In recent years there’s been an interesting shift away from wearing “too busy” as a badge of honor, and toward the grounding practices we now refer to as self-care. This down-shift has given us permission to explore what makes us feel good, and what makes us feel good is, more often than not, linked to what also makes us feel beautiful.
Like many multi-hyphenate wellness practitioners, Candice Forness has roots in the beauty world, as a makeup artist and men’s grooming expert. She makes people look gorgeous for a living, which, as it turns out, is a job that requires more than perfecting the art of contouring and full brows. In search of a modality that complimented makeup artistry and would help her clients “radiate beauty,” she stumbled on Ayurvedic facial massage.
“It’s composed of elements of craniosacral therapy, polarity therapy, reiki, lymphatic drainage, acupressure, Swedish massage, and even yoga,” she explains. “I learned it here in New York from an Ayurvedic specialist who trained in India with the woman who built the system. Her father was a Bollywood makeup artist so she grew up on set, and they take their beauty very seriously.“
Forness works out of MINKA, a wellness space in Park Slope, which is where I meet her, in a small treatment room bathed in tangerine light from a Himalayan salt lamp. I lie on the table, covered in a fuzzy Navajo blanket, as she gently cradles the back of my head, supporting nine(ish) pounds of brain and skull. Beginning the treatment in this intimate way establishes a level of comfort and trust between us that sets a soothing tone for the next stage—unwinding and lifting the muscles systematically from the neck to the forehead.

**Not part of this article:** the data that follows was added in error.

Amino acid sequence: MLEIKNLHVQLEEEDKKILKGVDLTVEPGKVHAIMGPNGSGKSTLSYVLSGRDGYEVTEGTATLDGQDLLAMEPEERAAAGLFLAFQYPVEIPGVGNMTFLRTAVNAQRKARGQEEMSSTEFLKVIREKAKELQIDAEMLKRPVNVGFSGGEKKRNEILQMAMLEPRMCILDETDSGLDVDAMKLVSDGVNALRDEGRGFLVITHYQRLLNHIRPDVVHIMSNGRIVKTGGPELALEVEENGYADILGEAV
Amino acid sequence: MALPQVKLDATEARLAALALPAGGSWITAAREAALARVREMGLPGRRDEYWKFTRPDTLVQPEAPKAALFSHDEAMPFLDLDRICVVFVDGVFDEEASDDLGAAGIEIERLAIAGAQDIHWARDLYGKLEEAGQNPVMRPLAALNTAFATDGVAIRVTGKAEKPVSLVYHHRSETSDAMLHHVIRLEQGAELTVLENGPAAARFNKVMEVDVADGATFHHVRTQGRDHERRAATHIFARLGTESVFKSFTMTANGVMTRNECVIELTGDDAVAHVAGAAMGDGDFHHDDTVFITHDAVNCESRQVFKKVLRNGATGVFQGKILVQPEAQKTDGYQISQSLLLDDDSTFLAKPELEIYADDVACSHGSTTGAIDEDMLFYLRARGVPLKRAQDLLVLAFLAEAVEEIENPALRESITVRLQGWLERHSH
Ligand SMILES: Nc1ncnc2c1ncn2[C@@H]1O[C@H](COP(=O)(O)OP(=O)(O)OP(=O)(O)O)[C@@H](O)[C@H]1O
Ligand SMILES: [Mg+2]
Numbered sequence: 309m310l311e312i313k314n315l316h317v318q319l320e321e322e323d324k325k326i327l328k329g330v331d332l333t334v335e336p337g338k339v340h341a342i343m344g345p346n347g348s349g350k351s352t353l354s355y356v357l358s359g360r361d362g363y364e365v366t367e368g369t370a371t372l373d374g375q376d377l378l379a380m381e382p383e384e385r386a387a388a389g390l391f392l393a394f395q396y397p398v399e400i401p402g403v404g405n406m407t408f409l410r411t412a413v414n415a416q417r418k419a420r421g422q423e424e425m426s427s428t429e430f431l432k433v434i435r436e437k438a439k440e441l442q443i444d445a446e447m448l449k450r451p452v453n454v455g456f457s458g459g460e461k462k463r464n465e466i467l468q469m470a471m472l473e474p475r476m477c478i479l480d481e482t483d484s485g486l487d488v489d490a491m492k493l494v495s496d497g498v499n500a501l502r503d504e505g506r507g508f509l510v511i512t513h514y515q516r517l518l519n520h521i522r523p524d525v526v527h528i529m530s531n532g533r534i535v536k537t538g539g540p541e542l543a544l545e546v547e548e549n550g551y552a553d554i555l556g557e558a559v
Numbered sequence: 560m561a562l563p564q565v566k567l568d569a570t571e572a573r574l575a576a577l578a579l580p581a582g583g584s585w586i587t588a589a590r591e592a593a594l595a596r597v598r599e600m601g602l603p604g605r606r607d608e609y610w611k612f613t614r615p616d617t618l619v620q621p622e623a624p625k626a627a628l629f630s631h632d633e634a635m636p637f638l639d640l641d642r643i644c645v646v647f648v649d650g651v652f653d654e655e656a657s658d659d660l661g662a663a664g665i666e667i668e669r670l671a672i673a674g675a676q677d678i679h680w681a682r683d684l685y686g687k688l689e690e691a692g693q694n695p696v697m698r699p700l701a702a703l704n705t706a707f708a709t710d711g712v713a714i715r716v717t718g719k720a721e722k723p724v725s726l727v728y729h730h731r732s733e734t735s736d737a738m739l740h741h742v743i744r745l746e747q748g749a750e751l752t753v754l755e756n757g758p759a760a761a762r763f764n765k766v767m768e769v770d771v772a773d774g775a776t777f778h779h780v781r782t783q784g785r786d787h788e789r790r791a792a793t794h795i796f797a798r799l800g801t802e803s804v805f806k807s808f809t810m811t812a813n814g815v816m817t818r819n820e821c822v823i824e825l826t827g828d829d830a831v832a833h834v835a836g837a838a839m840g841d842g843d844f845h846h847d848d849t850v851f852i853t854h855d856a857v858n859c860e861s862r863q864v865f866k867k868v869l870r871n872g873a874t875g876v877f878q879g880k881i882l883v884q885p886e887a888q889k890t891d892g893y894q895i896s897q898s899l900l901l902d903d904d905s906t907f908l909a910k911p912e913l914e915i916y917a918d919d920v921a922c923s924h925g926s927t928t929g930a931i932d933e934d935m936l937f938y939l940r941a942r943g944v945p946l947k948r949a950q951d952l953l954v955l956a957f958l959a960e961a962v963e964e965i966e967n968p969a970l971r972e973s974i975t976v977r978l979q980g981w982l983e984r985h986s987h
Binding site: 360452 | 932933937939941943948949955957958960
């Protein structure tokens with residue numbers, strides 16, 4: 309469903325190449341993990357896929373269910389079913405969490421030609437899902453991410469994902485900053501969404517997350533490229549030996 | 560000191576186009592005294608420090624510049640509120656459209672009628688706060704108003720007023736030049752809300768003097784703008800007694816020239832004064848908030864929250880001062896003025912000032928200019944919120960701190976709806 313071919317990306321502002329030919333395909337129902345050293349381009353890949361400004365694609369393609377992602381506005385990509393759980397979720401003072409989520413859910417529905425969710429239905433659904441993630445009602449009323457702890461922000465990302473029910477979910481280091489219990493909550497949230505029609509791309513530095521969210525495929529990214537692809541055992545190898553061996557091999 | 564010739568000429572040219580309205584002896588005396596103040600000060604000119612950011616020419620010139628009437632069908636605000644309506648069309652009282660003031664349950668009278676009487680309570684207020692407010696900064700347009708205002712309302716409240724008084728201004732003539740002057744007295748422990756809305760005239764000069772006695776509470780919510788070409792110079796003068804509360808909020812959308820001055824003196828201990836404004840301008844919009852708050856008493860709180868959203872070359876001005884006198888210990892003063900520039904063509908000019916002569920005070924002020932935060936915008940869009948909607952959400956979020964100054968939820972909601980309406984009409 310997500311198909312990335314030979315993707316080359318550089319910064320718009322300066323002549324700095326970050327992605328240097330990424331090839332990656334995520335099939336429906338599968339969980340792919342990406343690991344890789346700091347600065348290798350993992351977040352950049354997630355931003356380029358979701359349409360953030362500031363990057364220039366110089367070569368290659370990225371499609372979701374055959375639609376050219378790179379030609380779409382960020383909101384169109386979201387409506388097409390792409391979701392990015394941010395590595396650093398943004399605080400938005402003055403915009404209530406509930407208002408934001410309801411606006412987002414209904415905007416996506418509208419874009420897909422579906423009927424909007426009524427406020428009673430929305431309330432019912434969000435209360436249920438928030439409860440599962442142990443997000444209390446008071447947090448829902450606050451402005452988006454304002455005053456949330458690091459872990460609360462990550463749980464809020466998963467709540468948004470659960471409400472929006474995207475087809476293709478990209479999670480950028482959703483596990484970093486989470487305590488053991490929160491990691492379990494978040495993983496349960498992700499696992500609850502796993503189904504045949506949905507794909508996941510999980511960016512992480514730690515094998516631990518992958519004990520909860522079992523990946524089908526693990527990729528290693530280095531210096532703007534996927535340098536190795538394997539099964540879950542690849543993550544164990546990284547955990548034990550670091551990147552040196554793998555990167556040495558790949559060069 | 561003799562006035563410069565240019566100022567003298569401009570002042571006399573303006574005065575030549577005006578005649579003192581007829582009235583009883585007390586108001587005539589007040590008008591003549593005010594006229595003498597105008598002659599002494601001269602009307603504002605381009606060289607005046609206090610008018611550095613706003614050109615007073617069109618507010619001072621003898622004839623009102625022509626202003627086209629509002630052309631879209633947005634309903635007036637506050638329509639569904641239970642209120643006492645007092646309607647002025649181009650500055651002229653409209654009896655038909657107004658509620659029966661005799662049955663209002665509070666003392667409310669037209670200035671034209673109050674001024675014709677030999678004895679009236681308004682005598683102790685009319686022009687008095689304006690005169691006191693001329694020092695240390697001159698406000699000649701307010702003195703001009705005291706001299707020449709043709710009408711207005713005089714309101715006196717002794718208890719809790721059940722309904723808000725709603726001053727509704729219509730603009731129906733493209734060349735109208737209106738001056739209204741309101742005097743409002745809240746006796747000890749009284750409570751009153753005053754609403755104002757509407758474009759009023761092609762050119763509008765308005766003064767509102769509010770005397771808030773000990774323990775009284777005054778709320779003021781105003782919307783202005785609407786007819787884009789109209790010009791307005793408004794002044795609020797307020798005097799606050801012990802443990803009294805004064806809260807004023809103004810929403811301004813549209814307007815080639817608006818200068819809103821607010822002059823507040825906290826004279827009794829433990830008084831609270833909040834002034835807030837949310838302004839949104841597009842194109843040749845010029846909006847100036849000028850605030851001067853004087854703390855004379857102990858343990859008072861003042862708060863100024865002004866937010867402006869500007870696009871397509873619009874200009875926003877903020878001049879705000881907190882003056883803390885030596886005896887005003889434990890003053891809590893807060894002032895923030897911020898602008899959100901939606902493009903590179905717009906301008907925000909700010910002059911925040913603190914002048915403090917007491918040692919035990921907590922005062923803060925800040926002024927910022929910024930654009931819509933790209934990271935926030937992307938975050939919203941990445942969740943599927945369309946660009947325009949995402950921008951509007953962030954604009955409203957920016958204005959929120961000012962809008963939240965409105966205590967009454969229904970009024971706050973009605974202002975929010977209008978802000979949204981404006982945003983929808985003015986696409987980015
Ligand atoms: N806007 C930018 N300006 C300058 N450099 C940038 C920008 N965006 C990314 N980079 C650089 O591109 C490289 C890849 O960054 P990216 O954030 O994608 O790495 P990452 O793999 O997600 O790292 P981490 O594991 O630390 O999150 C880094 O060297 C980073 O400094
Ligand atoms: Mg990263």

I’m like putty in her hands. Forness presses and releases; soothes with long, firm strokes; twists and sculpts until my face feels remade. Halfway through, and half my face thoroughly massaged, she hovers the mirror over the table and let’s me study the difference between the two sides—one more relaxed and noticeably glowier than the other. Or, as she puts it: “One side’s on vacation in Bali and the other side is patiently waiting at the airport.”
I’ve been told more than once by estheticians that I carry a lot of tension in my jaw. It’s something I’m actively working on—releasing those muscles instead of habitually clenching them whenever I have an anxious thought (which is often). Forness tells me there’s more tightness in the right side, “the more masculine side, which is probably related to work stress and deadlines.” The left, more feminine side, associated with personal life and relationships, is happily much more pliable.
After a scalp massage that puts me to sleep, the treatment finishes with some reiki (a hands-on form of energy healing) focused on the heart—a muscle with an interesting connection to the jaw. It turns out they share a specific set of nerves, so when you are experiencing troubles of the heart—either literally, in the case of a cardiac event, or emotionally—it can manifest in jaw ache.
Ninety minutes later, I peel myself up off the bed and Forness hands me a mirror and I understand why one of her clients refers to the results of Ayurvedic facelift massage as “orgasm face.” Pink cheeks, soft eyes, tangled post-scalp massage hair—it is, as Forness says, “the epitome of beauty—that fresh flush. The pleasure of being alive.”
The following day one of my fellow editors mentions that my face is looking especially slim. The day after that I wake up, look in the bathroom mirror, and notice a huge reduction in under eye puffiness, which is an issue I’ve become really conscious of lately. I decide to cut my usually meticulous makeup routine down to a swoosh of blush and a bit of mascara, and head out the door feeling radiant. By lifting my face Candice Forness also managed to lift my mood and my self-esteem.